During a visit with her primary care doctor in early 2017, Judy Palmer learned she had some health concerns. Her cholesterol and blood pressure were high, she was overweight and a blood sugar measure called A1C indicated a condition called prediabetes.
Her physician, James Byrum, told her he typically would have considered a medication but Judy’s kidneys weren’t healthy enough to tolerate it, she said. Instead, he recommended Judy enroll in Mercy’s Diabetes Prevention Program, which helps adults who are at risk of developing Type 2 diabetes. Dr. Byrum recommended the same program for Judy’s husband, Harry Palmer, and the two decided they would start the program together.
Fast forward nearly a year and Judy and Harry had normalized cholesterol and blood pressure, dropped weight, improved their A1C measures and learned strategies for continuing healthy habits for the rest of their lives.
“In that first class, they told us what to expect and that nothing magic is going to happen. It takes work,” Harry Palmer said.
The program requires a year-long commitment, with a class one night a week during the first 16 weeks.
“Every week, the lessons built on what we had learned the week before and as we learned more, we had a desire to do what we had learned about,” Judy Palmer said.
The program goal is for all participants to reduce their total body weight by 5-7 percent and increase weekly physical activity by 150 minutes per week during the first six months. Community Wellness Program Manager Ashton Caton is one of the lifestyle coaches who leads the weekly classes, which offer a combination of information and encouragement to help participants reach their goals. The curriculum is approved by the Centers for Disease Control and Prevention.
“This is a national program, originated by the CDC, for people before they are diagnosed with Type 2 diabetes,” Caton said. “There’s an increased risk with certain blood measures, with certain body mass indexes and certain family history.”
Caton teaches participants about nutrition, reducing portion sizes and ways to work more activity into their daily routines, among other lessons.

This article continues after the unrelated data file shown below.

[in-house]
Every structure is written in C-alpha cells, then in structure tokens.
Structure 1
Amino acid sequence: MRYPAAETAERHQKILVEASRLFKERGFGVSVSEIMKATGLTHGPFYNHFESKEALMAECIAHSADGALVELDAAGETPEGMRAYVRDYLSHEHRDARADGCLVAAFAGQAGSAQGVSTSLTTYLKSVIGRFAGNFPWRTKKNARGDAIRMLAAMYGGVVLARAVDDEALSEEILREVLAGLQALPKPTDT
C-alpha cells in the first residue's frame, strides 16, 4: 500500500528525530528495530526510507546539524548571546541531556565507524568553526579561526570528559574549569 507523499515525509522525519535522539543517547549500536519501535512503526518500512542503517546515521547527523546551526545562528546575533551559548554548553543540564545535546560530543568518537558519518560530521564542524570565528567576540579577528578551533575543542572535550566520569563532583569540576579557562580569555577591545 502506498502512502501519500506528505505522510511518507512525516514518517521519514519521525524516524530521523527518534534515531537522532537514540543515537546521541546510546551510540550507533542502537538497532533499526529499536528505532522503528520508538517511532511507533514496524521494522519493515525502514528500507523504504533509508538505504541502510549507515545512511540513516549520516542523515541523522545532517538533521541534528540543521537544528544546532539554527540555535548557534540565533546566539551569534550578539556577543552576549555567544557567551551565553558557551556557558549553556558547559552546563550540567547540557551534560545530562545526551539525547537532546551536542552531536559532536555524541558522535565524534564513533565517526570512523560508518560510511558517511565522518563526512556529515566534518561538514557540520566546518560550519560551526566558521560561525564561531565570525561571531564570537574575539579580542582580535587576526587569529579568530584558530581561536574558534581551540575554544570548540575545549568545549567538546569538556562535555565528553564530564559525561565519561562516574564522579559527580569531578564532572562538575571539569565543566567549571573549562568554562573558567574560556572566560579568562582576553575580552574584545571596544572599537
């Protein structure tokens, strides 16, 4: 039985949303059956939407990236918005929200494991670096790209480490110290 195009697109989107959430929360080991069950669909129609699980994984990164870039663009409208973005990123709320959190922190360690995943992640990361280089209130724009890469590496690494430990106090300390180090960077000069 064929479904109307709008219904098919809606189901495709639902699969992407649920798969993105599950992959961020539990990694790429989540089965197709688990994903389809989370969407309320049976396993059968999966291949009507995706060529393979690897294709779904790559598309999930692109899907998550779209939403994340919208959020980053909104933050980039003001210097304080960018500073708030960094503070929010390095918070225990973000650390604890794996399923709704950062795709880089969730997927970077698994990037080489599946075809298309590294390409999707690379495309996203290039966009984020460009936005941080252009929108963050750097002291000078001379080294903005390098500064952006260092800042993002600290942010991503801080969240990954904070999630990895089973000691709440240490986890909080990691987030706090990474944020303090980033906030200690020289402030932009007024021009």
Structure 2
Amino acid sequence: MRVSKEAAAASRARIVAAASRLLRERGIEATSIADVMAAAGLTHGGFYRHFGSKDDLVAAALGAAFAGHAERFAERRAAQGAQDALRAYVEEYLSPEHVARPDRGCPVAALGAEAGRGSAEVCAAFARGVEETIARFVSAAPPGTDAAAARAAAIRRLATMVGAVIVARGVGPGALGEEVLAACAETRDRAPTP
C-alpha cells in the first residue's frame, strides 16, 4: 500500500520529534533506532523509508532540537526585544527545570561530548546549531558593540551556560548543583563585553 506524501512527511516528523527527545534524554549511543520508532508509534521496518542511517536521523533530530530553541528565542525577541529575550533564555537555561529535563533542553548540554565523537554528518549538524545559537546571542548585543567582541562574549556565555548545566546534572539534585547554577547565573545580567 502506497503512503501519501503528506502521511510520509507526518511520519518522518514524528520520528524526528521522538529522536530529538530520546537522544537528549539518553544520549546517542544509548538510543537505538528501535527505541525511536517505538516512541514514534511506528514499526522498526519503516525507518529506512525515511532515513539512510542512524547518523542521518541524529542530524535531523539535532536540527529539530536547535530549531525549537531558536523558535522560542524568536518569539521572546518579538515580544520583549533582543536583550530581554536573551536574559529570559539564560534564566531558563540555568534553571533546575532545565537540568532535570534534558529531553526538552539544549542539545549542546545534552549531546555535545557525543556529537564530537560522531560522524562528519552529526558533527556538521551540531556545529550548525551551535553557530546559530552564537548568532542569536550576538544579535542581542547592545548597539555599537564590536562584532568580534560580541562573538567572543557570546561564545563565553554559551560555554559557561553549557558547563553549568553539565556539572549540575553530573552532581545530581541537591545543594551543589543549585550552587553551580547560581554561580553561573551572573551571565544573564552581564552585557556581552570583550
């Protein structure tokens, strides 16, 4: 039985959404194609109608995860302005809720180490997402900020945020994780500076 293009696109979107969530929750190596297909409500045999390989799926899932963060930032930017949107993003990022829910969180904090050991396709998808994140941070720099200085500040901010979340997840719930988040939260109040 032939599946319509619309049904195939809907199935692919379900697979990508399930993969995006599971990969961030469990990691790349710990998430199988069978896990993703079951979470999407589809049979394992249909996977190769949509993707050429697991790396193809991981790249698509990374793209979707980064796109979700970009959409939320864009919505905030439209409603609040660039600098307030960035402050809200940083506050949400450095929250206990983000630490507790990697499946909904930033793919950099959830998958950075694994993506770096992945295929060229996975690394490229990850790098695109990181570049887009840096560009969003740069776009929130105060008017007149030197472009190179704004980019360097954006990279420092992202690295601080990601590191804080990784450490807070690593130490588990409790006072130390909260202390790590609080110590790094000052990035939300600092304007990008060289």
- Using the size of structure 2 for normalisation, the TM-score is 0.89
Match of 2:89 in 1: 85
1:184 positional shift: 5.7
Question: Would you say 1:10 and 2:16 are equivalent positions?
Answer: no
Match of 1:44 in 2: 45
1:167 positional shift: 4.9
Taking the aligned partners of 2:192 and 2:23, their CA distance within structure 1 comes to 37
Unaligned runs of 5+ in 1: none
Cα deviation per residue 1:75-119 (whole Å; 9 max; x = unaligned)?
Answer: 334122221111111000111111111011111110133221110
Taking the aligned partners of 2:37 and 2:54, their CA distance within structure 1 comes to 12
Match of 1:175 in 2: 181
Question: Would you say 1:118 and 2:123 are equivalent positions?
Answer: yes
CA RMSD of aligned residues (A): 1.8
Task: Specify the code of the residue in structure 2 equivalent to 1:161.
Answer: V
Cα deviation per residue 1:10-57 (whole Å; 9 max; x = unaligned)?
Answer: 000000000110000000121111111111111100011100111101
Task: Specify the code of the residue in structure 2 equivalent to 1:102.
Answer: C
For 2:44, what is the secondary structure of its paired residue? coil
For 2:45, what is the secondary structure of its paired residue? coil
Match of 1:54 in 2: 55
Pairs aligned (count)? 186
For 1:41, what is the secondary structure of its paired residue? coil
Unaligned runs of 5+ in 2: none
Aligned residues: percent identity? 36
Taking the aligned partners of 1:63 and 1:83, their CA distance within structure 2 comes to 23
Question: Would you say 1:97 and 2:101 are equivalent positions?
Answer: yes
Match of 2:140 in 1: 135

“Making some simple lifestyle changes makes a big difference, and research has shown participants in the program can lower their risk by 58 percent and actually prevent the onset of diabetes,” she said.
Caton focuses on small, individualized changes that participants can easily maintain.
“What works for one participant may not work for another, so we give multiple tools in hopes that one or two work for each participant along their journey,” Caton said.
Dr. Lisa Low, medical director of community health for Mercy, said the health system is working to increase awareness of the program among both physicians and community members. The proven success of the program has made it a model for diabetes prevention nationally.
The small class sizes and dedicated lifestyle coach are keys to the program’s success, Dr. Low said.
“You really get to know the people in your class and travel along the journey with them. You have somebody who’s rooting for you and cheering for you along the way and who’s also holding you accountable,” she said.
The Palmers agreed.
“Not only did we learn from the class, we learned from each other, especially about our struggles,” Harry Palmer said.
Because it’s a year-long class, you face the ups and downs of trying to stick to a program together.
“Short term, you may not face all of the things that are discouraging. When it’s over 12 months, you’re going to hit a wall,” Judy Palmer said, noting Caton would help get her back on track.
The class, typically not covered by insurance, costs $36 per month. The Palmers said they’d pay it again in a heartbeat.
Being part of the program has changed road trips for the Palmers, who will celebrate their 45th anniversary in June. While traveling in their RV, they make sure to drink plenty of water and bring along fruits and vegetables to snack on, rather than hitting vending machines. Every few hours, they make a point to walk, even if it’s just around the parking lot where they’re stopped.
They finished the class in April but look forward to continuing the good habits they’ve developed.
Mercy, named one of the top five large U.S. health systems in 2018, 2017 and 2016 by Watson Health, an IBM company, serves millions annually. Mercy includes more than 40 acute care and specialty (heart, children’s, orthopedic and rehab) hospitals, 800 physician practices and outpatient facilities, 44,000 co-workers and 2,100 Mercy Clinic physicians in Arkansas, Kansas, Missouri and Oklahoma. Mercy also has clinics, outpatient services and outreach ministries in Arkansas, Louisiana, Mississippi and Texas. In addition, Mercy's IT division, Mercy Technology Services, supply chain organization, ROi, and Mercy Virtual commercially serve providers and patients in more than 20 states coast to coast.